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EU to propose 10-year re-approval of glyphosateqrcode

Apr. 27, 2016

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Apr. 27, 2016
Ignoring a Parliament vote asking for only a 7-year approval of the controversial herbicide glyphosate, the EU executive would also set aside restrictions for private use or use close to public gardens and playgrounds.
According to a leaked proposal seen by Euranet Plus, the European Commission plans to propose a 10-year renewal of the authorization of glyphosate, the most used herbicide in the world, also famous for being the active substance in the Monsanto herbicide Roundup.
The text was leaked in the wake of the resolution adopted last week in Strasbourg, in which the EU lawmakers had asked the Commission to renew the EU market approval for only seven years instead of 15, as proposed by the EU executive on February 24.
The Parliament had also asked to ban any “non-professional use” of herbicides containing glyphosate in private gardens as well as “close to public parks, public playgrounds and public gardens.”
“This leaked project from the Commission and the [EU] member states is a big joke when you know that this product is considered as probably carcinogenic by the World Health Organization,” the French member of European Parliament (MEP), Michèle Rivasi from the Greens, stated.
“This draft regulation only asks to pay attention to the effect of glyphosate on non-target vertebrate species. Moreover, it continues to authorize glyphosate not only as herbicide, but also to accelerate harvesting by accelerating the ripening process,” Rivasi said.
This farming practice known as “green burndown” has been condemned by EU lawmakers in their resolution voted on April 13.
Ongoing negotiation with EU member states
The EU Commission has not confirmed the validity of the leaked draft, but the 10-year renewal fits the figures already mentioned by Health and Food Safety Commissioner Vytenis Andriukaitis after an environment council last month.
“There is currently a negotiation with member states,” explained Enrico Brivio, Andriukaitis’ spokesperson. “But at the end of the day, the decision must be based on a clear qualified majority of the member states.”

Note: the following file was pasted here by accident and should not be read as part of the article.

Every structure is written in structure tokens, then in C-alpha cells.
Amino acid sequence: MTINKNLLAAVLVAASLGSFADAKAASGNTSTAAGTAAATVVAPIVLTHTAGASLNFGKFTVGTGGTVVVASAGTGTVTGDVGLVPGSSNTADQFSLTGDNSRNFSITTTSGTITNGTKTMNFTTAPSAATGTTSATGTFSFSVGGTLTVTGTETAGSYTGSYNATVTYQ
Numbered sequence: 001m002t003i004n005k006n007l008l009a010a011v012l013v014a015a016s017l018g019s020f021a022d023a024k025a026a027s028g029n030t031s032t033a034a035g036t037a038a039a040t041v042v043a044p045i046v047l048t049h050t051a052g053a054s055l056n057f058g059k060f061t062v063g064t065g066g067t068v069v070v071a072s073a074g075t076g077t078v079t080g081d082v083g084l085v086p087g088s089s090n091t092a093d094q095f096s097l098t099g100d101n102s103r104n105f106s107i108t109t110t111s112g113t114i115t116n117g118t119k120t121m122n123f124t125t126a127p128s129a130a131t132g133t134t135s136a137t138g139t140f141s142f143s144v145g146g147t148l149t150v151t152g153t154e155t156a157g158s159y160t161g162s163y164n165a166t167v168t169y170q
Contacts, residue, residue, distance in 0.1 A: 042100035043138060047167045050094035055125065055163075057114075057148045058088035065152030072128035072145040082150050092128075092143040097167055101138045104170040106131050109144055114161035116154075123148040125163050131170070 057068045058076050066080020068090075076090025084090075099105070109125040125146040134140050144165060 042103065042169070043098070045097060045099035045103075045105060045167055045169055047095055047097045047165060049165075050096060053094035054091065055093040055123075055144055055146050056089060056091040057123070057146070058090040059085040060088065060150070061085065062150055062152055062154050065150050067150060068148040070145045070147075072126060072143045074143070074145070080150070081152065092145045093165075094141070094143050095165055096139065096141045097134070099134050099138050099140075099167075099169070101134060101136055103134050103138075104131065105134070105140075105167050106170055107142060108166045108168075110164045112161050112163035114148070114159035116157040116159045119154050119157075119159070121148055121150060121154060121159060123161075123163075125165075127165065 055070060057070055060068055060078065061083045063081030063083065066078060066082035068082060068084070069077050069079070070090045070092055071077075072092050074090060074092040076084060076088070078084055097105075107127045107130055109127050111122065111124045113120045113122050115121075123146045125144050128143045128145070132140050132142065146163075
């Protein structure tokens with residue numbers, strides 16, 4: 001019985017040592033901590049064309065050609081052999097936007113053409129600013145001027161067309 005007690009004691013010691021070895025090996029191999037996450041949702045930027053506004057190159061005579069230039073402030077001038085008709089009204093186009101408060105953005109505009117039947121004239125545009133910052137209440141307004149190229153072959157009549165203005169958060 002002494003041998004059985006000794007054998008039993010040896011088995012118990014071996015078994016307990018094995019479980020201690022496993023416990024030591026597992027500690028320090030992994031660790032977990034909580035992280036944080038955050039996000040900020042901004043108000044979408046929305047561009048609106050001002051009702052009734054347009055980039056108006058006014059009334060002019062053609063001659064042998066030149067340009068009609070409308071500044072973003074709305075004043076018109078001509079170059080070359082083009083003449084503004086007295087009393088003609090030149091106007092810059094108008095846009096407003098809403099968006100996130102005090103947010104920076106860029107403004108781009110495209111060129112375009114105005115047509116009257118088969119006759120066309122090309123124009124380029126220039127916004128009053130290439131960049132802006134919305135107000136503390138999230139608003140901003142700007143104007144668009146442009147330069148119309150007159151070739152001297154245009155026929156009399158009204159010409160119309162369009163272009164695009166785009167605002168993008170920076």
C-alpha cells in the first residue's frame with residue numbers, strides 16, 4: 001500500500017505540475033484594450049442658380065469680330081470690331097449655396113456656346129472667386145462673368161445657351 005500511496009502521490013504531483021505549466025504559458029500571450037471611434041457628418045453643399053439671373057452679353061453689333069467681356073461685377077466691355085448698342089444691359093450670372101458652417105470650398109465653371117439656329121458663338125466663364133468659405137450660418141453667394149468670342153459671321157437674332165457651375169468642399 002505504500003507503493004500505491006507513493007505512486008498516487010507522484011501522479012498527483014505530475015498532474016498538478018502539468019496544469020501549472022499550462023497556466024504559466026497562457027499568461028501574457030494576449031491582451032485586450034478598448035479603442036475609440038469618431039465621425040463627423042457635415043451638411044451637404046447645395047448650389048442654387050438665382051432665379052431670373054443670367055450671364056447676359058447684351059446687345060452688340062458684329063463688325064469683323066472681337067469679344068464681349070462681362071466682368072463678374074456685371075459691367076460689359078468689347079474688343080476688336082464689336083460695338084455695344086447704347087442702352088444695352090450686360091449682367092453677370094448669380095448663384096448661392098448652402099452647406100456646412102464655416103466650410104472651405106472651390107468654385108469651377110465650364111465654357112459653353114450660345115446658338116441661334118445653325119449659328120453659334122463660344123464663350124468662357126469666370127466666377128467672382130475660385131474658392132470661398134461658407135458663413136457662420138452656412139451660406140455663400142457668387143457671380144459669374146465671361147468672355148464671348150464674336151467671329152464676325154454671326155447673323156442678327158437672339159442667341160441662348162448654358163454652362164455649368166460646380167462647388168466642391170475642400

The final decision might be taken on May 18-19 during the next meeting of the Standing Committee on Plants, Animals, Food and Feed (PAFF), an institution which gathers the member states’ experts.
“If there is no clear majority, then the proposal will be not pushed forward,” added a source close to the matter. Indeed, a first proposal for a 15-year renewal found no qualified majority on March 8.
Countries like France, Italy and the Netherlands were against such a long renewal while Germany, involved in the process as so-called rapporteur members state, abstained.
The leaked regulation, expressively presented as a document which “does not necessarily represents the view of the European Commission,” offers an interesting view on the current state of play of the negotiations.
While the Netherlands and Luxembourg insisted on possibly reviewing “without delay” the authorization when the European Chemical Agency (ECHA) will close its classification procedure of glyphosate – a process which is supposed to last until 2017 – Germany insisted on the fact that member states might take into account that the use of glyphosate may affect certain animal species.
In a monograph published in March 2015, the International Agency for Research on Cancer, an agency which belongs to the World Health Organization (WHO), stated that “the herbicide glyphosate […] was classified as probably carcinogenic to humans.”
In a contradictory and controversial conclusion, the European Food and Safety Agency (EFSA) stated in November last year that “glyphosate is unlikely to pose a carcinogenic hazard to humans.”
Since the late 1970s, the volume of so-called “glyphosate-based herbicides” has increased approximately 100-fold.
A scientific report published last February stated that “major increases in its use resulted from widespread adoption of Roundup-ready crops that were genetically engineered to be tolerant to glyphosate.” 



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